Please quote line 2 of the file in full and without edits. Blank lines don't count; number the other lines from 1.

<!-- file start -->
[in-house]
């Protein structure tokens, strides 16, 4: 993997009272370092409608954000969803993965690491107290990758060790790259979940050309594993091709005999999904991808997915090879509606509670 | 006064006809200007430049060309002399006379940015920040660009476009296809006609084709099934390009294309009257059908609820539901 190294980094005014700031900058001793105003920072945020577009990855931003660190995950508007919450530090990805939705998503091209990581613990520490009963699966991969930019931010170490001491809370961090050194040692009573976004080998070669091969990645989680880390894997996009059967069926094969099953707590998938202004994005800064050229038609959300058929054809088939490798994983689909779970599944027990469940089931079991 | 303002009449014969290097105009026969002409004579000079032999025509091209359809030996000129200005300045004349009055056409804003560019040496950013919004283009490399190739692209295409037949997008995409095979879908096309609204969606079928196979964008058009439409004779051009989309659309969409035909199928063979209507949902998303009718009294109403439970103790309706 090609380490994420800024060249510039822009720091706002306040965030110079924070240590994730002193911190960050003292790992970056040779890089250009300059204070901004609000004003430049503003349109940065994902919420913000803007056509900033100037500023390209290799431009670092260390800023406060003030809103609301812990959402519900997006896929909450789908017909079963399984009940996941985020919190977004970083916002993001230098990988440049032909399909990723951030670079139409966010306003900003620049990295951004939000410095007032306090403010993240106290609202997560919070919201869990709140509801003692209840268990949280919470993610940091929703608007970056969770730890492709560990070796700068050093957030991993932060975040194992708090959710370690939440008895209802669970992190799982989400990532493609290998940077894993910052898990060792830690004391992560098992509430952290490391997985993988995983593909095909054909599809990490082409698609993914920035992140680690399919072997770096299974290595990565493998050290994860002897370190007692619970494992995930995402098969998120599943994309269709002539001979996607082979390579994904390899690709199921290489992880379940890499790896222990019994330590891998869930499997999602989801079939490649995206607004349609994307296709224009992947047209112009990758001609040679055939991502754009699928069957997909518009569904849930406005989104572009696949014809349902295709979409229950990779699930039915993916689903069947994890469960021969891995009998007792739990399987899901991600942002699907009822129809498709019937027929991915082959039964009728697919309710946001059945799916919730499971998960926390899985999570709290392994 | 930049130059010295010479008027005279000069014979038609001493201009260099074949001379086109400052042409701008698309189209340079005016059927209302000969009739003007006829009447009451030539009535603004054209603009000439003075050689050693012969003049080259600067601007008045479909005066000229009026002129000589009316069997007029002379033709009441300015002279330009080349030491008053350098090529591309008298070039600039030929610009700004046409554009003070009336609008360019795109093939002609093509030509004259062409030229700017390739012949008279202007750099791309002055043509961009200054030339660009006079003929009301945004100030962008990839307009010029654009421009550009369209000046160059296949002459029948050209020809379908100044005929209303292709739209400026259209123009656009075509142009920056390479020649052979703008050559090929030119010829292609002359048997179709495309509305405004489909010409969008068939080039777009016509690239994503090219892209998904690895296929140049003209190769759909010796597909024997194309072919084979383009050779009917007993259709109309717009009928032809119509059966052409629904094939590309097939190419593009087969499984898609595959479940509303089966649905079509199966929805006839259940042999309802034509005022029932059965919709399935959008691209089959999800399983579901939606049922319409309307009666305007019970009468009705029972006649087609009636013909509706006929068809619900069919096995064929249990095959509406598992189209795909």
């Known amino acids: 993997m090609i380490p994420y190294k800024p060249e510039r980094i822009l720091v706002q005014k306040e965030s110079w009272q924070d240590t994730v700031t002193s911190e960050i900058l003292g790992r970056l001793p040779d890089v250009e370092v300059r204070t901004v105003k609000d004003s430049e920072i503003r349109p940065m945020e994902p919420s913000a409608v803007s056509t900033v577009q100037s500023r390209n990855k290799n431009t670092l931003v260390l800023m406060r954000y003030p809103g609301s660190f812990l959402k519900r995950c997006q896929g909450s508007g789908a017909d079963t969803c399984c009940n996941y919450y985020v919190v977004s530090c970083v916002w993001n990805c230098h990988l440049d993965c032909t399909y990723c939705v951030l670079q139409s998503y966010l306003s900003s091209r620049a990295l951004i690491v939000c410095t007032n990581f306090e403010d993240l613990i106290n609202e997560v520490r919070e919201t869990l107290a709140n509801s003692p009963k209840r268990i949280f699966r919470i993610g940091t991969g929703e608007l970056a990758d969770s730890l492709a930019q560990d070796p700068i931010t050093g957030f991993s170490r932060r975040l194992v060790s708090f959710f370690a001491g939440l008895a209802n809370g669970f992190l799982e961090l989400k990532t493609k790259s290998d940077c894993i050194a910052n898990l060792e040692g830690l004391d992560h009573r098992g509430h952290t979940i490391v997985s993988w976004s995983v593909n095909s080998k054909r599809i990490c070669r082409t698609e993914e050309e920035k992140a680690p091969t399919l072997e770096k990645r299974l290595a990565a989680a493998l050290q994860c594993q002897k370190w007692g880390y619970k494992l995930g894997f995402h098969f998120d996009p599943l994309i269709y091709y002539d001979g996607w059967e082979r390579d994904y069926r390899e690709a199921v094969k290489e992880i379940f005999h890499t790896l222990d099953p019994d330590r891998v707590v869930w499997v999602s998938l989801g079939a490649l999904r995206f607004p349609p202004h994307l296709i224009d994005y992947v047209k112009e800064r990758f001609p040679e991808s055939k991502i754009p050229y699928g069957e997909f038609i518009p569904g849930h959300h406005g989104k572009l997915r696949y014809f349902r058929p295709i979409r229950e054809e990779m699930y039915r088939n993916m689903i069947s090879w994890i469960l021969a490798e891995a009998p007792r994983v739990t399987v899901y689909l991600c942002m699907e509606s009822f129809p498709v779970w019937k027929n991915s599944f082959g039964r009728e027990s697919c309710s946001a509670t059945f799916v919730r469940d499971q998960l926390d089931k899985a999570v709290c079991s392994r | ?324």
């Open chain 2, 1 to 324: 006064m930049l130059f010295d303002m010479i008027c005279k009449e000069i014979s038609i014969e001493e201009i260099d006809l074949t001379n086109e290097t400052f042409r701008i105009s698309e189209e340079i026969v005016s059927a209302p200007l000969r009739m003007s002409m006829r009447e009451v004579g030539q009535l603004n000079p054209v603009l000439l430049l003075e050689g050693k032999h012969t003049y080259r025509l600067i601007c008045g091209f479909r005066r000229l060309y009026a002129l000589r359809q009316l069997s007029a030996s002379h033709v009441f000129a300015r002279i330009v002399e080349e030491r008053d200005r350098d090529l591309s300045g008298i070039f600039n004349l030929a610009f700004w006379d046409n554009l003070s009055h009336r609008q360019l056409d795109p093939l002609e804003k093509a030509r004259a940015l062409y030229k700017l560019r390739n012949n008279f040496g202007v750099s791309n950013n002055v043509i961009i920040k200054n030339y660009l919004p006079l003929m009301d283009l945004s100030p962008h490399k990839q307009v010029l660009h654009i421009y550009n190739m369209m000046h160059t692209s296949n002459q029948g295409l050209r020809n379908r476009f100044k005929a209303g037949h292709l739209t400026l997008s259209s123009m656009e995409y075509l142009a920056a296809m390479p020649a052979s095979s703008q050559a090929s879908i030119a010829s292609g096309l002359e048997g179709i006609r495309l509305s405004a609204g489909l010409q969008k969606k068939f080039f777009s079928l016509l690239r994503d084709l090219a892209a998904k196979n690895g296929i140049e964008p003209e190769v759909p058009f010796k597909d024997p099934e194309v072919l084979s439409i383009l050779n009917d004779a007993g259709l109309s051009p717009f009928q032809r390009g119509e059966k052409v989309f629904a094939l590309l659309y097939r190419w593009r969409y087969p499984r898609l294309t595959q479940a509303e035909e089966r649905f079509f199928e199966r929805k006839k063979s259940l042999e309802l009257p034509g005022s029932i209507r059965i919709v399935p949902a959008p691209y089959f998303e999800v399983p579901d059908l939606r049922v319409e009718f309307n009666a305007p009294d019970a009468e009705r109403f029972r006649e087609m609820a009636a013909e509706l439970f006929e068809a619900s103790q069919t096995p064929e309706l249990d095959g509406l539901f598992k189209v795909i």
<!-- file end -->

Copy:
């Protein structure tokens, strides 16, 4: 993997009272370092409608954000969803993965690491107290990758060790790259979940050309594993091709005999999904991808997915090879509606509670 | 006064006809200007430049060309002399006379940015920040660009476009296809006609084709099934390009294309009257059908609820539901 190294980094005014700031900058001793105003920072945020577009990855931003660190995950508007919450530090990805939705998503091209990581613990520490009963699966991969930019931010170490001491809370961090050194040692009573976004080998070669091969990645989680880390894997996009059967069926094969099953707590998938202004994005800064050229038609959300058929054809088939490798994983689909779970599944027990469940089931079991 | 303002009449014969290097105009026969002409004579000079032999025509091209359809030996000129200005300045004349009055056409804003560019040496950013919004283009490399190739692209295409037949997008995409095979879908096309609204969606079928196979964008058009439409004779051009989309659309969409035909199928063979209507949902998303009718009294109403439970103790309706 090609380490994420800024060249510039822009720091706002306040965030110079924070240590994730002193911190960050003292790992970056040779890089250009300059204070901004609000004003430049503003349109940065994902919420913000803007056509900033100037500023390209290799431009670092260390800023406060003030809103609301812990959402519900997006896929909450789908017909079963399984009940996941985020919190977004970083916002993001230098990988440049032909399909990723951030670079139409966010306003900003620049990295951004939000410095007032306090403010993240106290609202997560919070919201869990709140509801003692209840268990949280919470993610940091929703608007970056969770730890492709560990070796700068050093957030991993932060975040194992708090959710370690939440008895209802669970992190799982989400990532493609290998940077894993910052898990060792830690004391992560098992509430952290490391997985993988995983593909095909054909599809990490082409698609993914920035992140680690399919072997770096299974290595990565493998050290994860002897370190007692619970494992995930995402098969998120599943994309269709002539001979996607082979390579994904390899690709199921290489992880379940890499790896222990019994330590891998869930499997999602989801079939490649995206607004349609994307296709224009992947047209112009990758001609040679055939991502754009699928069957997909518009569904849930406005989104572009696949014809349902295709979409229950990779699930039915993916689903069947994890469960021969891995009998007792739990399987899901991600942002699907009822129809498709019937027929991915082959039964009728697919309710946001059945799916919730499971998960926390899985999570709290392994 | 930049130059010295010479008027005279000069014979038609001493201009260099074949001379086109400052042409701008698309189209340079005016059927209302000969009739003007006829009447009451030539009535603004054209603009000439003075050689050693012969003049080259600067601007008045479909005066000229009026002129000589009316069997007029002379033709009441300015002279330009080349030491008053350098090529591309008298070039600039030929610009700004046409554009003070009336609008360019795109093939002609093509030509004259062409030229700017390739012949008279202007750099791309002055043509961009200054030339660009006079003929009301945004100030962008990839307009010029654009421009550009369209000046160059296949002459029948050209020809379908100044005929209303292709739209400026259209123009656009075509142009920056390479020649052979703008050559090929030119010829292609002359048997179709495309509305405004489909010409969008068939080039777009016509690239994503090219892209998904690895296929140049003209190769759909010796597909024997194309072919084979383009050779009917007993259709109309717009009928032809119509059966052409629904094939590309097939190419593009087969499984898609595959479940509303089966649905079509199966929805006839259940042999309802034509005022029932059965919709399935959008691209089959999800399983579901939606049922319409309307009666305007019970009468009705029972006649087609009636013909509706006929068809619900069919096995064929249990095959509406598992189209795909």